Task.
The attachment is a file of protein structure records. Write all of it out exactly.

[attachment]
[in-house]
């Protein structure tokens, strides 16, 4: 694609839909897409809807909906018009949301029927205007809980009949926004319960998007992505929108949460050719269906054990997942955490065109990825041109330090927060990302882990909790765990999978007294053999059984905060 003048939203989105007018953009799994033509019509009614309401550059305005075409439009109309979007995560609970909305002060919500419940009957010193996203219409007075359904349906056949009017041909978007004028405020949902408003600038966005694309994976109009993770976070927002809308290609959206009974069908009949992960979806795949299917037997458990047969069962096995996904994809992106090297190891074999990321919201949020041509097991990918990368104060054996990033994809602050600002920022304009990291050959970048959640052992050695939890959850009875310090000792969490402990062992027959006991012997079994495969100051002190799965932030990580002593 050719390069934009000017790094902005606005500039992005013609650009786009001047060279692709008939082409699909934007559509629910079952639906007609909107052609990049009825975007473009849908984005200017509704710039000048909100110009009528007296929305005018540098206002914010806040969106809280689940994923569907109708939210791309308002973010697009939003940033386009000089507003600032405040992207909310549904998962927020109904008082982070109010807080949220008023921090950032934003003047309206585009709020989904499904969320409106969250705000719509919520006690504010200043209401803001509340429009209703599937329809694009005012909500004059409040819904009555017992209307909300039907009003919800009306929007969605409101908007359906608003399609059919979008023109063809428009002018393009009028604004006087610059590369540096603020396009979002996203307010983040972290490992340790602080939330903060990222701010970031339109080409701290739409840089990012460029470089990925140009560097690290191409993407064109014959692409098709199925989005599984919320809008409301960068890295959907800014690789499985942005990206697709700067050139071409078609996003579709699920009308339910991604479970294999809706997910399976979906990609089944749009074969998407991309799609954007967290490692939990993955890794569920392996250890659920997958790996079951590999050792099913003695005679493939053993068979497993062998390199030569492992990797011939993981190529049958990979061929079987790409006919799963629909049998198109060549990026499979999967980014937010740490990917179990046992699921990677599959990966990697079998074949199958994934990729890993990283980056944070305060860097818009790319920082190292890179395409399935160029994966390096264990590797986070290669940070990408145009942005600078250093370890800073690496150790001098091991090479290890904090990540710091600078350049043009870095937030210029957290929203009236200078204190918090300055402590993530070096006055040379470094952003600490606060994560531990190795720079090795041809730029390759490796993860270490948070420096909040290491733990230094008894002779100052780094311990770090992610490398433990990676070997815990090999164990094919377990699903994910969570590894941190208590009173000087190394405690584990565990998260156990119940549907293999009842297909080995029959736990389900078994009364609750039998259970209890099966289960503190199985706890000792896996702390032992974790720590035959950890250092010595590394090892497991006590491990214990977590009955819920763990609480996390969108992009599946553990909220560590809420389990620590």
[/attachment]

[in-house]
């Protein structure tokens, strides 16, 4: 694609839909897409809807909906018009949301029927205007809980009949926004319960998007992505929108949460050719269906054990997942955490065109990825041109330090927060990302882990909790765990999978007294053999059984905060 003048939203989105007018953009799994033509019509009614309401550059305005075409439009109309979007995560609970909305002060919500419940009957010193996203219409007075359904349906056949009017041909978007004028405020949902408003600038966005694309994976109009993770976070927002809308290609959206009974069908009949992960979806795949299917037997458990047969069962096995996904994809992106090297190891074999990321919201949020041509097991990918990368104060054996990033994809602050600002920022304009990291050959970048959640052992050695939890959850009875310090000792969490402990062992027959006991012997079994495969100051002190799965932030990580002593 050719390069934009000017790094902005606005500039992005013609650009786009001047060279692709008939082409699909934007559509629910079952639906007609909107052609990049009825975007473009849908984005200017509704710039000048909100110009009528007296929305005018540098206002914010806040969106809280689940994923569907109708939210791309308002973010697009939003940033386009000089507003600032405040992207909310549904998962927020109904008082982070109010807080949220008023921090950032934003003047309206585009709020989904499904969320409106969250705000719509919520006690504010200043209401803001509340429009209703599937329809694009005012909500004059409040819904009555017992209307909300039907009003919800009306929007969605409101908007359906608003399609059919979008023109063809428009002018393009009028604004006087610059590369540096603020396009979002996203307010983040972290490992340790602080939330903060990222701010970031339109080409701290739409840089990012460029470089990925140009560097690290191409993407064109014959692409098709199925989005599984919320809008409301960068890295959907800014690789499985942005990206697709700067050139071409078609996003579709699920009308339910991604479970294999809706997910399976979906990609089944749009074969998407991309799609954007967290490692939990993955890794569920392996250890659920997958790996079951590999050792099913003695005679493939053993068979497993062998390199030569492992990797011939993981190529049958990979061929079987790409006919799963629909049998198109060549990026499979999967980014937010740490990917179990046992699921990677599959990966990697079998074949199958994934990729890993990283980056944070305060860097818009790319920082190292890179395409399935160029994966390096264990590797986070290669940070990408145009942005600078250093370890800073690496150790001098091991090479290890904090990540710091600078350049043009870095937030210029957290929203009236200078204190918090300055402590993530070096006055040379470094952003600490606060994560531990190795720079090795041809730029390759490796993860270490948070420096909040290491733990230094008894002779100052780094311990770090992610490398433990990676070997815990090999164990094919377990699903994910969570590894941190208590009173000087190394405690584990565990998260156990119940549907293999009842297909080995029959736990389900078994009364609750039998259970209890099966289960503190199985706890000792896996702390032992974790720590035959950890250092010595590394090892497991006590491990214990977590009955819920763990609480996390969108992009599946553990909220560590809420389990620590």